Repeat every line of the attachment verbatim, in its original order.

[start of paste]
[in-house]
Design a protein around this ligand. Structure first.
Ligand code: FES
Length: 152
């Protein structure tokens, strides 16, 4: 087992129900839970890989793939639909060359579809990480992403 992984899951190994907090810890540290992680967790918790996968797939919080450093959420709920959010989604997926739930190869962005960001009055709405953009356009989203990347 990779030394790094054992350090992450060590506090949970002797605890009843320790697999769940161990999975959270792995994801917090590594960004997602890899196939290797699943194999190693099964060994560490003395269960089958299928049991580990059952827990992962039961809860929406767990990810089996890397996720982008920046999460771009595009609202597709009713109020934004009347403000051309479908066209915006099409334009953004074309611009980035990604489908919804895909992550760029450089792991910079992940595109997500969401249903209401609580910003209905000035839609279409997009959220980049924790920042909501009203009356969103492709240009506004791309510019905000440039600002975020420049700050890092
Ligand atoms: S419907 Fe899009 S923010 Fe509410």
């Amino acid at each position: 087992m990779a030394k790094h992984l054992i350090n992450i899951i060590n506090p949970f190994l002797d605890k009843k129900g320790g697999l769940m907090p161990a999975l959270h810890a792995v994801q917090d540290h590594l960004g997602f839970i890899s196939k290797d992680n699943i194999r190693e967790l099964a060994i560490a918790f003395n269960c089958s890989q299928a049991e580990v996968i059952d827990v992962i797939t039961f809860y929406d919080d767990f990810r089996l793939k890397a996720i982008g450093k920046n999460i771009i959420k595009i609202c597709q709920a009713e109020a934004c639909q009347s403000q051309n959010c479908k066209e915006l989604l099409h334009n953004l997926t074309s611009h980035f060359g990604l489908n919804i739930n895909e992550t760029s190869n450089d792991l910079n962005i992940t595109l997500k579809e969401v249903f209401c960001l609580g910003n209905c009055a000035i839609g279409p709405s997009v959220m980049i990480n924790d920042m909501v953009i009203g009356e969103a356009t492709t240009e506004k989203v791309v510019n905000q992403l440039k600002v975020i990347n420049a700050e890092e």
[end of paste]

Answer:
[in-house]
Design a protein around this ligand. Structure first.
Ligand code: FES
Length: 152
């Protein structure tokens, strides 16, 4: 087992129900839970890989793939639909060359579809990480992403 992984899951190994907090810890540290992680967790918790996968797939919080450093959420709920959010989604997926739930190869962005960001009055709405953009356009989203990347 990779030394790094054992350090992450060590506090949970002797605890009843320790697999769940161990999975959270792995994801917090590594960004997602890899196939290797699943194999190693099964060994560490003395269960089958299928049991580990059952827990992962039961809860929406767990990810089996890397996720982008920046999460771009595009609202597709009713109020934004009347403000051309479908066209915006099409334009953004074309611009980035990604489908919804895909992550760029450089792991910079992940595109997500969401249903209401609580910003209905000035839609279409997009959220980049924790920042909501009203009356969103492709240009506004791309510019905000440039600002975020420049700050890092
Ligand atoms: S419907 Fe899009 S923010 Fe509410």
């Amino acid at each position: 087992m990779a030394k790094h992984l054992i350090n992450i899951i060590n506090p949970f190994l002797d605890k009843k129900g320790g697999l769940m907090p161990a999975l959270h810890a792995v994801q917090d540290h590594l960004g997602f839970i890899s196939k290797d992680n699943i194999r190693e967790l099964a060994i560490a918790f003395n269960c089958s890989q299928a049991e580990v996968i059952d827990v992962i797939t039961f809860y929406d919080d767990f990810r089996l793939k890397a996720i982008g450093k920046n999460i771009i959420k595009i609202c597709q709920a009713e109020a934004c639909q009347s403000q051309n959010c479908k066209e915006l989604l099409h334009n953004l997926t074309s611009h980035f060359g990604l489908n919804i739930n895909e992550t760029s190869n450089d792991l910079n962005i992940t595109l997500k579809e969401v249903f209401c960001l609580g910003n209905c009055a000035i839609g279409p709405s997009v959220m980049i990480n924790d920042m909501v953009i009203g009356e969103a356009t492709t240009e506004k989203v791309v510019n905000q992403l440039k600002v975020i990347n420049a700050e890092e």